----------W420--------- | ------------AFC-------- | ||||
Region | Mean | (Ij) | Mean | (Ij) | |
R1 | 249.62 | 7.80 | 1178.61 | -9.65 | |
R2 | 235.31 | -6.51 | 1188.10 | -0.16 | |
R3 | 240.53 | -1.29 | 1198.07 | 9.81 |
R1: Campo Grande - Dourados; R2: Alto Taquari - Bolsão; R3: Pantanal Sul.
The discrepancy associated with the regions considered unfavorable may be explained by the fact that the matrices may present lower EDPs, which may have directly interfered with the progeny response of a particular bull. Thus, bulls that were able to correct this factor and have progenies with better performance were considered adapted to the herd which is a desirable breeding trait. In the herds of the regions considered favorable, the averages of the EDPs of the matrices were superior, which improved the average of the EDPs of the progenies; and allowed the identiication of bulls with better performance in herds of higher genetic value (^{MARÇAL et al., 2014}).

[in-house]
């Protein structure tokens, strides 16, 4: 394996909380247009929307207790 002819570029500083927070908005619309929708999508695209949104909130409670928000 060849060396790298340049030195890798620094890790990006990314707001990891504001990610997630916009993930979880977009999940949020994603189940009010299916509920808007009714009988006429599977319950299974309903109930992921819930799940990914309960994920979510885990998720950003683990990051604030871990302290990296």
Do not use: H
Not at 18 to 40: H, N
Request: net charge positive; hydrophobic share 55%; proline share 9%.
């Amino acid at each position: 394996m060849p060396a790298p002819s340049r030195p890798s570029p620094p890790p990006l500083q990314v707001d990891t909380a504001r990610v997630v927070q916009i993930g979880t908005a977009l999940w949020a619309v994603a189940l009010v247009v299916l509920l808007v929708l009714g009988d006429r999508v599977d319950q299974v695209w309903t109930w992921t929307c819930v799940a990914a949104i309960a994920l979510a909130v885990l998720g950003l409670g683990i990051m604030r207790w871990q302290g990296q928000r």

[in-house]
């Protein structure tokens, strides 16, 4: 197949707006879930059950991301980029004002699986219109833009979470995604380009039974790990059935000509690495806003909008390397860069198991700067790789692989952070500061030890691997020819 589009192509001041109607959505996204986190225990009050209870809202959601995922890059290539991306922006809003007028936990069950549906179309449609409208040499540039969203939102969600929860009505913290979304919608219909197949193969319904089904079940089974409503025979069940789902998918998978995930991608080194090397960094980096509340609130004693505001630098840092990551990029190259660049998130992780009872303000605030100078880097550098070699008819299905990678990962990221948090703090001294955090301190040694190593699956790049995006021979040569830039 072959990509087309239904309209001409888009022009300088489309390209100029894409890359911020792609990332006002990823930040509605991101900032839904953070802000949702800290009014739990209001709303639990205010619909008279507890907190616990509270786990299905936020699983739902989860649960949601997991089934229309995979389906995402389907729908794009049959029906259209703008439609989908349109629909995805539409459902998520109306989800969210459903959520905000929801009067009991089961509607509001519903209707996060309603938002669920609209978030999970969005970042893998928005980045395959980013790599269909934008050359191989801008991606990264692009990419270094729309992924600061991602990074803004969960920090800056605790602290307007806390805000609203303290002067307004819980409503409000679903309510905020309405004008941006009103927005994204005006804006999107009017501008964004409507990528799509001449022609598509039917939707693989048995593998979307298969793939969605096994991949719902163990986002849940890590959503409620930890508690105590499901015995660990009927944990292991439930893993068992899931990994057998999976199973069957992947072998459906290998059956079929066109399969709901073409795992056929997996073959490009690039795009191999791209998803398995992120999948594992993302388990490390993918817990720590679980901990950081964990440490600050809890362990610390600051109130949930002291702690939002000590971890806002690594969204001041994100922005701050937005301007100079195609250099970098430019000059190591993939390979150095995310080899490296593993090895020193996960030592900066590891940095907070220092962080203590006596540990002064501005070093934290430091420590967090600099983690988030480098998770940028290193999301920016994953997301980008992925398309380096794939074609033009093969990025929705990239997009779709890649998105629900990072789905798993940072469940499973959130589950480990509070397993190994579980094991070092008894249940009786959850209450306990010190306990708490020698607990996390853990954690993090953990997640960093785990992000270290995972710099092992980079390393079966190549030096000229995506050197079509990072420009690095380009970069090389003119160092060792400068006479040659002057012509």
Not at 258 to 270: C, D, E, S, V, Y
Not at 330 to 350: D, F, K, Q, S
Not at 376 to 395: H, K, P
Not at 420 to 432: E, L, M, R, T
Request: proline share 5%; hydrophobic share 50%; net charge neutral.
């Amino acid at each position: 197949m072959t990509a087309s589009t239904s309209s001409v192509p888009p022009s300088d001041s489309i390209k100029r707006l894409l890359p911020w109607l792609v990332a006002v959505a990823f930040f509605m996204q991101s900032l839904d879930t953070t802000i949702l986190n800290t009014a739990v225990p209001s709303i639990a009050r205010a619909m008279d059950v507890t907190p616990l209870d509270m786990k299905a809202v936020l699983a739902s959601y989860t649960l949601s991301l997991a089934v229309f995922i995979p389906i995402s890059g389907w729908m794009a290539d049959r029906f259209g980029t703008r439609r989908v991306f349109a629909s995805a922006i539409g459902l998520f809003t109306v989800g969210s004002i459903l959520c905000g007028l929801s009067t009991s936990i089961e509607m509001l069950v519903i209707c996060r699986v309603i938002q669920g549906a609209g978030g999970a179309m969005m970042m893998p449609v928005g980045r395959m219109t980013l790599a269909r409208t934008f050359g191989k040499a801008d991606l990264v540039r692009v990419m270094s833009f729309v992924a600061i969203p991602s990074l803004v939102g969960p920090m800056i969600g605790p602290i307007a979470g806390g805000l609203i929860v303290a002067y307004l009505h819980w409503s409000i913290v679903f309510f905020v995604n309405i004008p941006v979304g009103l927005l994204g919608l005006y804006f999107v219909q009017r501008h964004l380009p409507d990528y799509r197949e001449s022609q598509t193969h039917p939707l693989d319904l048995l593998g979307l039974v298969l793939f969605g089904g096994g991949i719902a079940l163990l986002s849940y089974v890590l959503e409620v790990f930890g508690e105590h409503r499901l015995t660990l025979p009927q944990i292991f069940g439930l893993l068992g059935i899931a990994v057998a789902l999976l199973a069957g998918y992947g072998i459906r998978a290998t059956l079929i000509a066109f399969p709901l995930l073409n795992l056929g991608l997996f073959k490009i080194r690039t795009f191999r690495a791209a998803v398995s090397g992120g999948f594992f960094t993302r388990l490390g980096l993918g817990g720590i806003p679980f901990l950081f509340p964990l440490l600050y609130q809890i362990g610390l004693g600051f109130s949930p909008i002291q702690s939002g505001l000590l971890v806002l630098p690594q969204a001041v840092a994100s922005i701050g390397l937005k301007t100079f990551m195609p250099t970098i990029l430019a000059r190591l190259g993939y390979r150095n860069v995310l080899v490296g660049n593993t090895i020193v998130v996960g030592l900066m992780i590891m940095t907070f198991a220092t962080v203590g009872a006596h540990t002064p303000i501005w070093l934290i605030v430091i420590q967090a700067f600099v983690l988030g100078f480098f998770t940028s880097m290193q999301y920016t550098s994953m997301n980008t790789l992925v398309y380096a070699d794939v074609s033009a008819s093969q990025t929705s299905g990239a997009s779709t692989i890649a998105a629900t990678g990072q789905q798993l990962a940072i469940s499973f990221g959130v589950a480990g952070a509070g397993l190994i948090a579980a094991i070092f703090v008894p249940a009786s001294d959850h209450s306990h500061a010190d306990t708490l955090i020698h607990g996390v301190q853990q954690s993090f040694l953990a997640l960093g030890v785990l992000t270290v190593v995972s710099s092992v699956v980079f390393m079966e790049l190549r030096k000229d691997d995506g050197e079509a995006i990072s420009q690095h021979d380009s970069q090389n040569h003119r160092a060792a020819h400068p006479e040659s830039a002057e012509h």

Results (Table 2), according to the method published by ^{Finlay & Wilkinson (1963)} and ^{Eberhart & Russell (1966}), indicated differences in the phenotypic means (β_{oi}) of progenies of the bulls in the regions for the traits W420, ranging between 218.79 and 268.03 kg. Among the 10 bulls evaluated, 7 had productivity above the general average (241.82kg).
Bulls | βoi (Kg) | β1i | α²di | R2 (%) |
1 | 245.90 | 0.33ns | -8.79ns | 54,12 |
2 | 249.53 | 0.78ns | 25.73ns | 59.37 |
3 | 242.57 | 0.67ns | 5.53ns | 66.39 |
4 | 242.14 | 1.33ns | 69.28* | 67.85 |
5 | 243.72 | 0.63ns | -10.74ns | 84.16 |
6 | 232.42 | 0.33ns | -11.74ns | 62.61 |
7 | 268.03 | 1.36ns | 654.31** | 22.36 |
8 | 247.22 | 1.44ns | 109.74** | 62.92 |